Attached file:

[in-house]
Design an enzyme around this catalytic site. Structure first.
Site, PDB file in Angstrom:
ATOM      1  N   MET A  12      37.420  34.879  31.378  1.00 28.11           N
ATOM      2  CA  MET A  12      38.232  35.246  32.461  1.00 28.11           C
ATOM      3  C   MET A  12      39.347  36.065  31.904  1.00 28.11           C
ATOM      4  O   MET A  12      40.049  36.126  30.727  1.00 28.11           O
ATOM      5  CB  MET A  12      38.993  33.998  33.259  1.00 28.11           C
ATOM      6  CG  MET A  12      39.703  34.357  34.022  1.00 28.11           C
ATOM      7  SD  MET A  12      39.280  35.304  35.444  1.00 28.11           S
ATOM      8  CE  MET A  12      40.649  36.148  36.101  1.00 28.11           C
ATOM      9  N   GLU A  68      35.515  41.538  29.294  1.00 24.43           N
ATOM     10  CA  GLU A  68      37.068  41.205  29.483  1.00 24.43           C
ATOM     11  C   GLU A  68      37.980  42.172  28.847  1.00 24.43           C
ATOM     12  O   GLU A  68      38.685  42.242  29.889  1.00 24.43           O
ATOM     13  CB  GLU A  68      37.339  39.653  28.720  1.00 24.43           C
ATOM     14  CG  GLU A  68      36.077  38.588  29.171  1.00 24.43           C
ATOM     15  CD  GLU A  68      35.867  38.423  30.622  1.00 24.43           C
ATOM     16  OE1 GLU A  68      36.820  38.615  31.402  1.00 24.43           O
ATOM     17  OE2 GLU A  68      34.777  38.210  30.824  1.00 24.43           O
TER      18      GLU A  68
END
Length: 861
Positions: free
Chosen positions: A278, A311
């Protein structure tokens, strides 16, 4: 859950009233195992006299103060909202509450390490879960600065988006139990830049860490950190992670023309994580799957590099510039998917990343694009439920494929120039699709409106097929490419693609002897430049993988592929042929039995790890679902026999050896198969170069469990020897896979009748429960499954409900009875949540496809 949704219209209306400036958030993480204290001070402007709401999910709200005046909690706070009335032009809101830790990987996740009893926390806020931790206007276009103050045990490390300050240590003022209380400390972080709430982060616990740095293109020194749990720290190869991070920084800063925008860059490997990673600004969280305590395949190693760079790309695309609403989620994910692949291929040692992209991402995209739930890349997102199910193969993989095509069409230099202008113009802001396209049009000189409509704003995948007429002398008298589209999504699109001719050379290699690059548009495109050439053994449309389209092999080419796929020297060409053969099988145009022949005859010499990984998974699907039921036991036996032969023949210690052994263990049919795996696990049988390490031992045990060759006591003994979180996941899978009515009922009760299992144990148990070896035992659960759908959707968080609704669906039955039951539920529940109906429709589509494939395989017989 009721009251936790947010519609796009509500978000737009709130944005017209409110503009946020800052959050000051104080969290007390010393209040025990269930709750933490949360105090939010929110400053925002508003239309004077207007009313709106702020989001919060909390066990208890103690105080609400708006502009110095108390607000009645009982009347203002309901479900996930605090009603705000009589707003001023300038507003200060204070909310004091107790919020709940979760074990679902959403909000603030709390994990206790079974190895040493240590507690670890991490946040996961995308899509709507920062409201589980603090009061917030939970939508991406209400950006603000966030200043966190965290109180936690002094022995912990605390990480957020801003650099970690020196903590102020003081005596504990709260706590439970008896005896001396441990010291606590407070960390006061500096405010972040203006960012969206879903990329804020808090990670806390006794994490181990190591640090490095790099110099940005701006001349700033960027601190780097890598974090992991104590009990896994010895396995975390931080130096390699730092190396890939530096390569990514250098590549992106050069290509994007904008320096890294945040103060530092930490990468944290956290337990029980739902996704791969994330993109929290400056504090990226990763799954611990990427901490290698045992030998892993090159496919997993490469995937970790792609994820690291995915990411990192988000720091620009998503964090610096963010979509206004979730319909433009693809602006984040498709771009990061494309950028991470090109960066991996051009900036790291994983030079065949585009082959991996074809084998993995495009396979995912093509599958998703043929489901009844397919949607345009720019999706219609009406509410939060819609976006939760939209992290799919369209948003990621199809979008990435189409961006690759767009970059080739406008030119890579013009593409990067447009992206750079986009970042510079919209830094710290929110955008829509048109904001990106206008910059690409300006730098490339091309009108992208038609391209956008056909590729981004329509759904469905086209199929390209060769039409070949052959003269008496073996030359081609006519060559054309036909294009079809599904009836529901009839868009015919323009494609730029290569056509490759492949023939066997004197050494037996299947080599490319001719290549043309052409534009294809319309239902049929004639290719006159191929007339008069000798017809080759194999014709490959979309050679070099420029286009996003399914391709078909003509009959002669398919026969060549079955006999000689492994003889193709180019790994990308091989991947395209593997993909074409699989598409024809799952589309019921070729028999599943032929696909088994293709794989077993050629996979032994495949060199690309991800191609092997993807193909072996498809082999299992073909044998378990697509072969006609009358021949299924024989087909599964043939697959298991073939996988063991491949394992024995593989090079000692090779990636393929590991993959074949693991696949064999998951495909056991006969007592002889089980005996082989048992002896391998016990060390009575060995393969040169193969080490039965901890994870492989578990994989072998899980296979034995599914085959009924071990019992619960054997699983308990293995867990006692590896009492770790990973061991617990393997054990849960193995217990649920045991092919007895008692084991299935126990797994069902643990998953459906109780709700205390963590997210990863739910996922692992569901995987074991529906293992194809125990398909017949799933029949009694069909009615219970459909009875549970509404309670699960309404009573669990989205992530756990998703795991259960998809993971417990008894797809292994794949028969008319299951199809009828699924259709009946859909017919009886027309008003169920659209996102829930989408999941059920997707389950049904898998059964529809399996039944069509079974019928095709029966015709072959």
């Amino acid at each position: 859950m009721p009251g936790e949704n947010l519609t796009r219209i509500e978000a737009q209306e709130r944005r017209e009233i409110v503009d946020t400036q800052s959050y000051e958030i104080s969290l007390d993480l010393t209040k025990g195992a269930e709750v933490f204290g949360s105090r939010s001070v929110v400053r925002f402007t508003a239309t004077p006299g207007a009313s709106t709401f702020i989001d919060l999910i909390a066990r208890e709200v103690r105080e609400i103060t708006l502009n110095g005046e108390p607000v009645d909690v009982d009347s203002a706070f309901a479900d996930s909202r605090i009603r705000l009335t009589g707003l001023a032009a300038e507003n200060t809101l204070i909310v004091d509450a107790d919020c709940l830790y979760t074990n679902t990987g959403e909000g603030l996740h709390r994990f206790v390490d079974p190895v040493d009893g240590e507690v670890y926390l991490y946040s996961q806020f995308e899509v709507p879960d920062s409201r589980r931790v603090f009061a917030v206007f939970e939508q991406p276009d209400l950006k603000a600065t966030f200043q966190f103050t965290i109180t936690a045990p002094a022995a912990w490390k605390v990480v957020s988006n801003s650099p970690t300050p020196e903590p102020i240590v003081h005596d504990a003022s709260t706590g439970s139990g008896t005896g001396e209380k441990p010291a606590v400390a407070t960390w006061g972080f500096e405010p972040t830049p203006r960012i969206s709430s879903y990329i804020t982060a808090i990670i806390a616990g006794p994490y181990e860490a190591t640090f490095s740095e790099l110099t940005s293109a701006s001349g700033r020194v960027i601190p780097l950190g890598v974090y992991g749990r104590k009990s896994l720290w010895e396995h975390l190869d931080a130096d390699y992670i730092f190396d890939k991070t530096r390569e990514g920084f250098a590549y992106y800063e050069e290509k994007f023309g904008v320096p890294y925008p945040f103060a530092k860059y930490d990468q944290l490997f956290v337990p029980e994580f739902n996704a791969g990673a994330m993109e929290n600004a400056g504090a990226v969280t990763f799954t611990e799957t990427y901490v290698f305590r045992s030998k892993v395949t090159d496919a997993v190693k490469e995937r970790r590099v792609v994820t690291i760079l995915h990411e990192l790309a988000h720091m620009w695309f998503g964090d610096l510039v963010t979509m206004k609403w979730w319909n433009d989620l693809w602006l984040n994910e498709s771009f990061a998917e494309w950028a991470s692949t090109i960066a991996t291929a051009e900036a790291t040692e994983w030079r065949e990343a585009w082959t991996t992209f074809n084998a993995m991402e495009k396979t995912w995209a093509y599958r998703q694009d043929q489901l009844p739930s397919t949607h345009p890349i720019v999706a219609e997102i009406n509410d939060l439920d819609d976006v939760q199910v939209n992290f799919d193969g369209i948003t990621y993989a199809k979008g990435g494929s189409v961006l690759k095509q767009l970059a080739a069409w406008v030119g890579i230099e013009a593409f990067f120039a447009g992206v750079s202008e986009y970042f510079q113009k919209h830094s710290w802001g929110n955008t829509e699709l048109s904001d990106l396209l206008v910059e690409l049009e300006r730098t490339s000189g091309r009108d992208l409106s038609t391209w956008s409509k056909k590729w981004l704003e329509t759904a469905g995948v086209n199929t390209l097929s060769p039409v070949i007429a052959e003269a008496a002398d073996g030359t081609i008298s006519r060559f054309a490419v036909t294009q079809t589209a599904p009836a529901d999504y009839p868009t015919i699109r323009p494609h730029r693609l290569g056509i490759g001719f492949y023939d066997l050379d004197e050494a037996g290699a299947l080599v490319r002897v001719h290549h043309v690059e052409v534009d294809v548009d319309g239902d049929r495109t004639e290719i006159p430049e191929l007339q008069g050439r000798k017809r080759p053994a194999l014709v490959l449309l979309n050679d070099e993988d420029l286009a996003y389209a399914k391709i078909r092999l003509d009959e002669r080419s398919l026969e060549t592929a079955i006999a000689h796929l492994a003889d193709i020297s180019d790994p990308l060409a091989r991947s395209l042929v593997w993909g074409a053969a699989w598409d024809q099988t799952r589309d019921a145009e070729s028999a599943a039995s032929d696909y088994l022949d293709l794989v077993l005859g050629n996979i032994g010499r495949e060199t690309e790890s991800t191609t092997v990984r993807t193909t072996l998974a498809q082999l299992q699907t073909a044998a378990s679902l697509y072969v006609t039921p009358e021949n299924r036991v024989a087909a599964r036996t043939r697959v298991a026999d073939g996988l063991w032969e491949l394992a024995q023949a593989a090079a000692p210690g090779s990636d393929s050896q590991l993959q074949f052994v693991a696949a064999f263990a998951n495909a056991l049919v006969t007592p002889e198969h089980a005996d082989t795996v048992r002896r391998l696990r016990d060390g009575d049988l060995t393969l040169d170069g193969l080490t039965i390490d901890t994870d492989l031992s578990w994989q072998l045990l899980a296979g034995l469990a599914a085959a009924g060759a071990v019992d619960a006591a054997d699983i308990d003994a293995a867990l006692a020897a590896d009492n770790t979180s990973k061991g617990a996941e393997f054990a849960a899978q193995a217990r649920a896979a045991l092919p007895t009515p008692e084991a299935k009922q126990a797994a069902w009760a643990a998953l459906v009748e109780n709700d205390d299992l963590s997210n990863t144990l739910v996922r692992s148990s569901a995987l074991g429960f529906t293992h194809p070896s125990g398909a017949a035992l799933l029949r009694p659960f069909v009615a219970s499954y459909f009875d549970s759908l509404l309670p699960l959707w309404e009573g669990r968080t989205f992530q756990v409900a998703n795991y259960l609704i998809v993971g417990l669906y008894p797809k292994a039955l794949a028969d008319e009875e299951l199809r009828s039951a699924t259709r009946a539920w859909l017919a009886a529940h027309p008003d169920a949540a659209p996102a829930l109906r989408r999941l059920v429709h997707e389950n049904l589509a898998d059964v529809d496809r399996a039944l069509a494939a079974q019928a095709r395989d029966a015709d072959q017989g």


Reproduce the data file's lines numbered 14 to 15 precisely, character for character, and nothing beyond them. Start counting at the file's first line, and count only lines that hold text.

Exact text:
ATOM     11  C   GLU A  68      37.980  42.172  28.847  1.00 24.43           C
ATOM     12  O   GLU A  68      38.685  42.242  29.889  1.00 24.43           O